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The 5 Roman Emperors You Didn’t Know Were Phoenicians

The 5 Roman Emperors You Didn't Know Were Phoenician
World History | Wikimedia Commons/Marten253

The Phoenicians are known to have colonized the Mediterranean and spread the alphabet during their golden age of commercial and cultural power. However, they did not only export goods to other civilizations but also some future leaders.

Between the years 193 – 235, the Roman Empire was ruled by a series of emperors who were originally Phoenicians.

#1 Septimius Severus

Born in the Phoenician Punic city of Leptis Magna (modern-day Libya) in 145, Septimius Severus is regarded as the first African ruler of Rome.
Flickr/antmoose

Born in the Phoenician Punic city of Leptis Magna (modern-day Libya) in 145, Septimius Severus is regarded as the first African ruler of Rome.

Severus came to power as Rome’s emperor in 193 after defeating his rival claimants to the throne. In a move aimed at cementing his legitimacy as emperor, he proclaimed himself the son of Marcus Aurelius, one of Rome’s greatest emperors.

Severus’s wife, Julia Dominia, was also originally Phoenician. She played a mediatory role between her two sons Caracalla and Geta in the power transition phase that followed her husband’s death, caused by an infectious disease in 211.

#2 Caracalla

Formally known as Antoninus, Caracalla was Rome's co-emperor from 198 to 217. He co-ruled with his father, Septimius Severus, and continued to rule alongside his younger brother Geta after their father's death.
Marie-Lan Nguyen via Wikimedia Commons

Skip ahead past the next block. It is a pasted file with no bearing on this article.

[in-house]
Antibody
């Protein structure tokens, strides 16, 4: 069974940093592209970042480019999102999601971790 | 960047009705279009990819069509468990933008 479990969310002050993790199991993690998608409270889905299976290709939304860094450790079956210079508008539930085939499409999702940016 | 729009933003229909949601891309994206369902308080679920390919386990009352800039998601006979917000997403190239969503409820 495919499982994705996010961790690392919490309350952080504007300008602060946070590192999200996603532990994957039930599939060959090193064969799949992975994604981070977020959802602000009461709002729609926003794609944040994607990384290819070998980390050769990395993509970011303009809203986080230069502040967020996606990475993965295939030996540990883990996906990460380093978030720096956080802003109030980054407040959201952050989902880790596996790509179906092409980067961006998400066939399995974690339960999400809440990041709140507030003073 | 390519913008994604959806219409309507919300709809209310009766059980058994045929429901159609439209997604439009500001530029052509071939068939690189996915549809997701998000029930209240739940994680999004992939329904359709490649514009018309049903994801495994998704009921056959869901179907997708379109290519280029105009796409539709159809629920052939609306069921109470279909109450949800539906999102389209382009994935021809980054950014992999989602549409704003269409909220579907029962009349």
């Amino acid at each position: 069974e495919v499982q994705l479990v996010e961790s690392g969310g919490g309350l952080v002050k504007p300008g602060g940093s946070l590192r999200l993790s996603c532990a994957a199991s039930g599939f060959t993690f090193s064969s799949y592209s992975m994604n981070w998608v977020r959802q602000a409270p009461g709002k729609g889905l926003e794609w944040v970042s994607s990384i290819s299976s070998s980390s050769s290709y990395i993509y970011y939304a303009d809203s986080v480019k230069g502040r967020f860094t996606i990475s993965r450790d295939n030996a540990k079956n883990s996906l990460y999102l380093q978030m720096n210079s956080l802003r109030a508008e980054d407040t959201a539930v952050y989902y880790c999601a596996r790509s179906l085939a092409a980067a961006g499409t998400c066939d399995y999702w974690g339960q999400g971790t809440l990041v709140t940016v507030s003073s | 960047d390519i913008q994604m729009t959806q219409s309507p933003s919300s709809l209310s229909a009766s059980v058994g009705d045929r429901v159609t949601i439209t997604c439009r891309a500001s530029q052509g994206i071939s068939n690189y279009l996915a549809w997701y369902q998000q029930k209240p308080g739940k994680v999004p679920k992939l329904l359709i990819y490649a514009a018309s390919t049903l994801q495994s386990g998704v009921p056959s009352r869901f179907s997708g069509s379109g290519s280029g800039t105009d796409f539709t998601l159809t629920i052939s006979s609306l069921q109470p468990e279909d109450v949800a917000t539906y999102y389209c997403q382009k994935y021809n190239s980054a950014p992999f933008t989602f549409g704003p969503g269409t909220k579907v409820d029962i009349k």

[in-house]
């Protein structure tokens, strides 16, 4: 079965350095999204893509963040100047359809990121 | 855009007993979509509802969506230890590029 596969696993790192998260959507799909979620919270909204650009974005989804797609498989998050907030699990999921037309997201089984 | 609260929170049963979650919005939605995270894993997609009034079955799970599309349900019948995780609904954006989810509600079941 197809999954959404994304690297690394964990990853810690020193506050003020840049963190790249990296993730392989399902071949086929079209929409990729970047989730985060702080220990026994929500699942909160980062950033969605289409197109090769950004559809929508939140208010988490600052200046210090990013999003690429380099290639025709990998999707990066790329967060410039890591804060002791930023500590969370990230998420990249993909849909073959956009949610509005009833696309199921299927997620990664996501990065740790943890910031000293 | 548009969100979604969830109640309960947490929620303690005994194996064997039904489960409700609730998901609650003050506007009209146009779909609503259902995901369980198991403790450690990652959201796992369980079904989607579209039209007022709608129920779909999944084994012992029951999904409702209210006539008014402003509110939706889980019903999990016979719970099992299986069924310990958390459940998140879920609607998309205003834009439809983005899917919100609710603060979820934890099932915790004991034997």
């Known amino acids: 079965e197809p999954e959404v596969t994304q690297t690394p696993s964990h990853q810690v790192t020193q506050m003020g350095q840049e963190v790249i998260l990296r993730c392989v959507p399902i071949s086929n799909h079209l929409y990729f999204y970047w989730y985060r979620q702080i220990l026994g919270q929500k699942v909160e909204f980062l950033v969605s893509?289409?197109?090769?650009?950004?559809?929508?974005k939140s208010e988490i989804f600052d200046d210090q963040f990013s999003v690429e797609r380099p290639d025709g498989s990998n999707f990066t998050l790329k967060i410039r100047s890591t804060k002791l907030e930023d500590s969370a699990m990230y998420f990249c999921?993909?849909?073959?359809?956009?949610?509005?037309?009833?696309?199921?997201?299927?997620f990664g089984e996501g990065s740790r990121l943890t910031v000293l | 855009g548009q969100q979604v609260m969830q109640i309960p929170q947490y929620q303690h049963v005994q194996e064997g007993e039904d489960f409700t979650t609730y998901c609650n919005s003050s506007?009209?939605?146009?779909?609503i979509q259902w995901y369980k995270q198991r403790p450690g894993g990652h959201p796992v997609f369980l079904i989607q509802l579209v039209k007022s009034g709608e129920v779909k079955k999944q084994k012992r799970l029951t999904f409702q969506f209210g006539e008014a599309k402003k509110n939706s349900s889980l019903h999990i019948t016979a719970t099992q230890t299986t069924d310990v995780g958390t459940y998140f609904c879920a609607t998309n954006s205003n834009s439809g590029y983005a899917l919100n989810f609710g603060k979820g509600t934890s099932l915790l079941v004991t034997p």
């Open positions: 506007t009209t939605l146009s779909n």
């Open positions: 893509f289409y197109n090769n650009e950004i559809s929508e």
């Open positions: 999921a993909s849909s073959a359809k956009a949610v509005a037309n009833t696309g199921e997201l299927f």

Formally known as Antoninus, Caracalla was Rome’s co-emperor from 198 to 217. He co-ruled with his father, Septimius Severus, and continued to rule alongside his younger brother Geta after their father’s death.

He later became the sole ruler of Rome after his brother’s murder. He mostly left administrative responsibilities to his mother throughout his reign.

He was stabbed to death by a soldier during a visit to a temple near Carrhae in what is now southern Turkey in 217.

#3 Geta

Geta was the "co-augustus" alongside his father Septimius Severus and his older brother Caracalla from 198 until his assassination in 211.

Geta was the “co-augustus” alongside his father Septimius Severus and his older brother Caracalla from 198 until his assassination in 211.

Geta was killed in his mother’s residence by order of Caracalla, with whom he had a notoriously bitter relationship.

#4 Elagabalus

The four-year reign (218-222) of Elagabalus, known officially as Antoninus, was characterized by controversy, incompetence, and numerous scandals.
Wikimedia Commons/José Luiz Bernardes Ribeiro

The four-year reign (218-222) of Elagabalus, known officially as Antoninus, was characterized by controversy, incompetence, and numerous scandals.

Considered by some to be the least able emperor the Roman Empire ever had, Elagabalus was known to have no regard for Rome’s religious traditions and sexual taboos as the teenage ruler of the empire.

His rise to the throne was enabled by his incredibly wealthy grandmother, Julia Maesa, Septimius Severus’s sister-in-law.

Elagabalus’s scandalous reign eventually led Julia Maesa to persuade him to accept his cousin, Severus Alexander, as Rome’s next ruler, for fear of losing power due to his unacceptable behavior.

Elagabalus was later murdered along with his mother by his own guards.

#5 Severus Alexander

Severus Alexander was the last Roman emperor of the Severan dynasty. After coming to power in 222, he managed to have a prosperous rule over the Roman Empire during peacetime, which was contributed to by his reliance on diplomacy and bribery.
Wikimedia Commons/Jastrow

Severus Alexander was the last Roman emperor of the Severan dynasty. After coming to power in 222, he managed to have a prosperous rule over the Roman Empire during peacetime, which was contributed to by his reliance on diplomacy and bribery.

However, his peacemaking methods alienated many in the Roman military and birthed a conspiracy that ultimately led to his assassination in 235, during a meeting with his generals that also saw his mother and advisors murdered.


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The 5 Roman Emperors You Didn't Know Were Phoenicians

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